Best Communication of a Safety Message

Safety is front of mind for everyone at Moly-Cop, and the whole workforce is focused on an approach they call Goal Zero. Supported by systems that are rigorous and comprehensive, the safety regime protects workers at every step of the steelmaking and manufacturing process.

Over the years, Moly-Cop’s approach to safety has been recognised by peers through numerous independent awards. Notably, Moly-Cop’s ‘Crane Safety Video’ took out the Safety category at both the 2017 Hunter Manufacturing Awards and the 2018 Hunter Safety Awards.

This month, the Crane Safety Video won the “Best Communication of a Safety Message” at the distinguished 2018 National Safety Council of Australia Safety Awards.

The Crane Safety Video was developed by the Comsteel Rail Products department. Collaborating with staff across the department and the organisation, the video uses an emotive approach to encourage employees to ‘switch on’ when working around cranes. Rail Products employees and their families feature in the short film, which promotes a safety message and takes a thought-provoking look at the long-term impact of choices staff make in the workplace.

Creativity and thinking outside the square are an important part of the safety culture at Moly-Cop. Informed by research that found that 90 per cent of its injuries were due to distraction or fatigue, the business realised that the safety systems could be perfect, but they would be always vulnerable to human error.

The finding inspired a small project team to examine the connection between choice and error, which led to the development of a new safety program called ‘High Performance Thinking’, which has been rolled out to every member of the Australian Moly-Cop team.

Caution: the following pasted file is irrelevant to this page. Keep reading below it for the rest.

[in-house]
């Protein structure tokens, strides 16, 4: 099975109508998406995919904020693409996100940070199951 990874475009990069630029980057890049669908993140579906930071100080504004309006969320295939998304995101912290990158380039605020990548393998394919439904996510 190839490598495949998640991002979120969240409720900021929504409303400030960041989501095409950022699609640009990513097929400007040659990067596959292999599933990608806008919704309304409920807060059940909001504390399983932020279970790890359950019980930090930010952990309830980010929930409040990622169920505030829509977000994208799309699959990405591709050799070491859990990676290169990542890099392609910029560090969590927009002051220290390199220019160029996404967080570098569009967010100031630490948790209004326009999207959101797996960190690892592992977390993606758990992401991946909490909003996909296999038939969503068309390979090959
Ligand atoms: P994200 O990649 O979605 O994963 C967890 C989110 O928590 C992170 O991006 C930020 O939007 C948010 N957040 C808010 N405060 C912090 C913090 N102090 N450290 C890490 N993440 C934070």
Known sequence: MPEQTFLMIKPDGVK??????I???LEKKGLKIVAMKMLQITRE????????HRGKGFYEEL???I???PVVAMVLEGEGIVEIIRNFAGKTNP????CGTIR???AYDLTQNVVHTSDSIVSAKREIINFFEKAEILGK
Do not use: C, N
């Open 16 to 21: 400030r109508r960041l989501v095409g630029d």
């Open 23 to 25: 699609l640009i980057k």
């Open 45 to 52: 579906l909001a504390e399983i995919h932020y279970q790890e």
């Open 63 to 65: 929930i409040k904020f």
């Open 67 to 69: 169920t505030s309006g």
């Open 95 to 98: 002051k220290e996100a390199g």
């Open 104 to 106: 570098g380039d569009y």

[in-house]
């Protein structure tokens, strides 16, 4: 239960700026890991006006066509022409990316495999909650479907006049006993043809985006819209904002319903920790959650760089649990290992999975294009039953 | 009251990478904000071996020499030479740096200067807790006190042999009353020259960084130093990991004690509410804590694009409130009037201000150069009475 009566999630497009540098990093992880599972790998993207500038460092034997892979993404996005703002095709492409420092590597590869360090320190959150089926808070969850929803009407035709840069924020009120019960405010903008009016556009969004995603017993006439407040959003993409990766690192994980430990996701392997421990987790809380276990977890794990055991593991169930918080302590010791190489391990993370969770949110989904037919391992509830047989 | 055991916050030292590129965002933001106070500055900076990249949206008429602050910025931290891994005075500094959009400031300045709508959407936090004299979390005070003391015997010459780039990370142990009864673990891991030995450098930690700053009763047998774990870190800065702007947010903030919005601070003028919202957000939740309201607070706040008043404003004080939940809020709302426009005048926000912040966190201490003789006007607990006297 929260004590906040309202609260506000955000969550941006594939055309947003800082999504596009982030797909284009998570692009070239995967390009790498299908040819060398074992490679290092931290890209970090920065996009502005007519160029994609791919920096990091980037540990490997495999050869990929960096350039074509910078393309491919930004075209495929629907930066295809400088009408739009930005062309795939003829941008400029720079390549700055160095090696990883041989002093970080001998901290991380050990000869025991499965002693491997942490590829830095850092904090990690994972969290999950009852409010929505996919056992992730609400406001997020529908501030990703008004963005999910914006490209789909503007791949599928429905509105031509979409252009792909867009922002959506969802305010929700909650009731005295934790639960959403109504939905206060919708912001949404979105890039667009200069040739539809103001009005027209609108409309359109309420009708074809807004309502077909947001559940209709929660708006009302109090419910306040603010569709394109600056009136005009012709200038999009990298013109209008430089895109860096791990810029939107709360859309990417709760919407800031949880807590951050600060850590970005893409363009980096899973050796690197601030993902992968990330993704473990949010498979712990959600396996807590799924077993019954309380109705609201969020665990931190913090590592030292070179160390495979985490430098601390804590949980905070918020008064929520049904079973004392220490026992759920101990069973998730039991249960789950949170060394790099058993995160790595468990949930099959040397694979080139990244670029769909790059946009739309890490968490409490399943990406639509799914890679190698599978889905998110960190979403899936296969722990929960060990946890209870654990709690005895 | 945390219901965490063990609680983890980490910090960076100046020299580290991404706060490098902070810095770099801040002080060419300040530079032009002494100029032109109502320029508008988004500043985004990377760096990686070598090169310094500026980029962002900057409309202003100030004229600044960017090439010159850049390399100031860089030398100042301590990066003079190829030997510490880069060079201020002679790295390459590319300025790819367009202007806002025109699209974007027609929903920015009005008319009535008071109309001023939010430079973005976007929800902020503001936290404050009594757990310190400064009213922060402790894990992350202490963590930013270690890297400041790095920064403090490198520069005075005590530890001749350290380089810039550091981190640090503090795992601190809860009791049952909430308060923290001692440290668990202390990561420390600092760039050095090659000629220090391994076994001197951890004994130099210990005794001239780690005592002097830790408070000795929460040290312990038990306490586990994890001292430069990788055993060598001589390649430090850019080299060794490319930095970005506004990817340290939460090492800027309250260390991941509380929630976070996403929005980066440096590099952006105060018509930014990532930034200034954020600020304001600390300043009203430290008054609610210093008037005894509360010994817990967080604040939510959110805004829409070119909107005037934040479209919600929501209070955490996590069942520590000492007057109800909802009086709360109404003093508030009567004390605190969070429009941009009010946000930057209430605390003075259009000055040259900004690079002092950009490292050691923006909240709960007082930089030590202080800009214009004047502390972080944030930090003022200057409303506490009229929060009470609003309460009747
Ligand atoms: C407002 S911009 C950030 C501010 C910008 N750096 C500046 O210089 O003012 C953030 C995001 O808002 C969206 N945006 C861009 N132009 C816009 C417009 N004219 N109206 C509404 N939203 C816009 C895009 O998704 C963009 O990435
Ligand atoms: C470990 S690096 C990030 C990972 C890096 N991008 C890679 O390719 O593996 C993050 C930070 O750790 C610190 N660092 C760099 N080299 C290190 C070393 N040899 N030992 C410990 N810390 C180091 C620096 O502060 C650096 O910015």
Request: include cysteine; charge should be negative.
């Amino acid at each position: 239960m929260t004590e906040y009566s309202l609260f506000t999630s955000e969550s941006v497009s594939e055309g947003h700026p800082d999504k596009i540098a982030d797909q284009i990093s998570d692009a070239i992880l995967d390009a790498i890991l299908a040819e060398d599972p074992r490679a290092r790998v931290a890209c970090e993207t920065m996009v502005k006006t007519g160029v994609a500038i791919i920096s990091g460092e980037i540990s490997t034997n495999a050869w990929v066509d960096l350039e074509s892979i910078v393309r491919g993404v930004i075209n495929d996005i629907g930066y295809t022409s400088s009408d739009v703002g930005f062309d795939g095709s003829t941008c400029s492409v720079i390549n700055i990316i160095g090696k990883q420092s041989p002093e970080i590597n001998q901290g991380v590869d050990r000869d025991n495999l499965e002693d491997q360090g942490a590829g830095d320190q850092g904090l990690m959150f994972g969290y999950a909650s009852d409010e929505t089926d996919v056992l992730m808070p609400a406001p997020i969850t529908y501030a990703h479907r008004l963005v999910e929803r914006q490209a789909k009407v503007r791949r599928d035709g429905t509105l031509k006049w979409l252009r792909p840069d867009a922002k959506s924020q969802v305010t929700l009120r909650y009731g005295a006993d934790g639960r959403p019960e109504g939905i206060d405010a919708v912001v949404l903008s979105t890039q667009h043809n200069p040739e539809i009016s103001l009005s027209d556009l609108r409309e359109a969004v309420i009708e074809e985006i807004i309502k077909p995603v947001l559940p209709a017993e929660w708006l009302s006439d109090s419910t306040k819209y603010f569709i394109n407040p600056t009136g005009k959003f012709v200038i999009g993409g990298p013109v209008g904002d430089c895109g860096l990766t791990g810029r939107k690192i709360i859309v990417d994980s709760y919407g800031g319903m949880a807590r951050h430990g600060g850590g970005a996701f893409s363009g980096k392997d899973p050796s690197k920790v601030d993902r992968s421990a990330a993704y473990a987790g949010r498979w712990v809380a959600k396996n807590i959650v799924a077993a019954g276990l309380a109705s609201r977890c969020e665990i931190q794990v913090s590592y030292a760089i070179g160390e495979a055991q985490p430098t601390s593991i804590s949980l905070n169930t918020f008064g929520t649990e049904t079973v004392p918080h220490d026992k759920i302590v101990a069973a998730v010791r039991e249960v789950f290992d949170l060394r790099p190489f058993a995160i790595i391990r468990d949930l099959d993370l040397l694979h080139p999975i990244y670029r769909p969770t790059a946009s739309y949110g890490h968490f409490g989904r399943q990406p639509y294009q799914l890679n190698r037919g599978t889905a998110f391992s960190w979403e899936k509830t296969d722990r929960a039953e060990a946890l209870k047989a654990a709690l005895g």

Australasian President, Michael Parker, said Moly-Cop saw that the next level in safety was to focus on the minds of its people.

“We believe that a more self-aware, nuanced and reasoned workforce will be more likely to make better decisions in the moments that matter. We needed to teach our people how and why different mind states lead to different choices.”

In collaboration with an external subject matter specialist, a program was developed which taps into the latest thinking in neuroscience around decision-making, the effects of stress on perception and decision-making, and the development of habits.

Mr Parker said the program was in its infancy but was already delivering benefits.

“The new program is driving improvement in our overall productivity and performance, but most critically in our safety. It is providing a different way to think about safety in the workplace and also having an impact on life outside of work starting a shift towards general mental wellness.”